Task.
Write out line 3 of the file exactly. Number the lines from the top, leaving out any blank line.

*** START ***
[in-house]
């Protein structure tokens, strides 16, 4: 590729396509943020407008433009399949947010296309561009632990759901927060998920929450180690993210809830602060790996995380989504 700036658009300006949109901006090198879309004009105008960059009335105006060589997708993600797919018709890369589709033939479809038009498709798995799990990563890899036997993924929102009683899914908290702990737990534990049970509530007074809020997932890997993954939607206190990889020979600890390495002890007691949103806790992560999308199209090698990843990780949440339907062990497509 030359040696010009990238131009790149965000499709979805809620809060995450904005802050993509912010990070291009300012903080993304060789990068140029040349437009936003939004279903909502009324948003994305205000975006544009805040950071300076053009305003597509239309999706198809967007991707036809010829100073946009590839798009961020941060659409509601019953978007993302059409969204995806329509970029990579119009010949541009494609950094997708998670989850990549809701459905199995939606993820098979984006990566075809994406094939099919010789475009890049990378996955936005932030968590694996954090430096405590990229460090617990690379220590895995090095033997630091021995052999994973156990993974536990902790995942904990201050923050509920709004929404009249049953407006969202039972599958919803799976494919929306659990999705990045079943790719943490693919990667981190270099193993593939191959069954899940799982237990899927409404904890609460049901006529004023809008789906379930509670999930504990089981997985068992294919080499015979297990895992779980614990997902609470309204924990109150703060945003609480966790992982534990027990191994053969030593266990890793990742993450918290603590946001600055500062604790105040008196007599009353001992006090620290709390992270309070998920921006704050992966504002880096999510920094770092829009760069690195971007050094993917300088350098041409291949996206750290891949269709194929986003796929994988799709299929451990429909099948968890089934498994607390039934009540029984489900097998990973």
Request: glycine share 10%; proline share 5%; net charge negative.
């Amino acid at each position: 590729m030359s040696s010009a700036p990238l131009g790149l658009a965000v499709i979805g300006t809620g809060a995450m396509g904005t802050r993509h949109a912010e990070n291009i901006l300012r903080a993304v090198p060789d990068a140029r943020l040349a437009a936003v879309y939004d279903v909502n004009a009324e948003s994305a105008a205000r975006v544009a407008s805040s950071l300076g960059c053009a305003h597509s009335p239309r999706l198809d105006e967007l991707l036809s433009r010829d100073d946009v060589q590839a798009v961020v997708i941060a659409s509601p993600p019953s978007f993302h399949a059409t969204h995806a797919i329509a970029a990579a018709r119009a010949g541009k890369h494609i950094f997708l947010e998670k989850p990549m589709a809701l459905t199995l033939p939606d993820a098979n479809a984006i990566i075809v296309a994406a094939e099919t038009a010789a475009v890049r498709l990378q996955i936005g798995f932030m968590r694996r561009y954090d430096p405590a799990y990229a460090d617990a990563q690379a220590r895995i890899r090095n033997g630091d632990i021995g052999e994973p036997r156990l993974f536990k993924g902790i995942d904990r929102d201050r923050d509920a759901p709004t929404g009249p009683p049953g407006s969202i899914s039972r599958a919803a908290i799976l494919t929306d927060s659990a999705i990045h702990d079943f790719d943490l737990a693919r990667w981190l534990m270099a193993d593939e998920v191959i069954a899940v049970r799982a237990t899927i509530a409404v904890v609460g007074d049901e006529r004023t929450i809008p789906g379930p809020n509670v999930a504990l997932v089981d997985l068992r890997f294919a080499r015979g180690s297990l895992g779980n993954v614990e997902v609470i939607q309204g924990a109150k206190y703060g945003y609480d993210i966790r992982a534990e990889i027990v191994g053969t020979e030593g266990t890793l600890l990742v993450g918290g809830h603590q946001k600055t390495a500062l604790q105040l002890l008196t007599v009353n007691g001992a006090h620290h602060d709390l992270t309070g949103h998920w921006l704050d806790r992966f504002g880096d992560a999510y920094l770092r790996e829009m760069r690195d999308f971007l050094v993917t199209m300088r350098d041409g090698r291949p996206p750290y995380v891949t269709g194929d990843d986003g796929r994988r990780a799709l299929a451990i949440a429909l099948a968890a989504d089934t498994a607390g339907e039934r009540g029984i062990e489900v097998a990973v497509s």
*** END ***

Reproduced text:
Request: glycine share 10%; proline share 5%; net charge negative.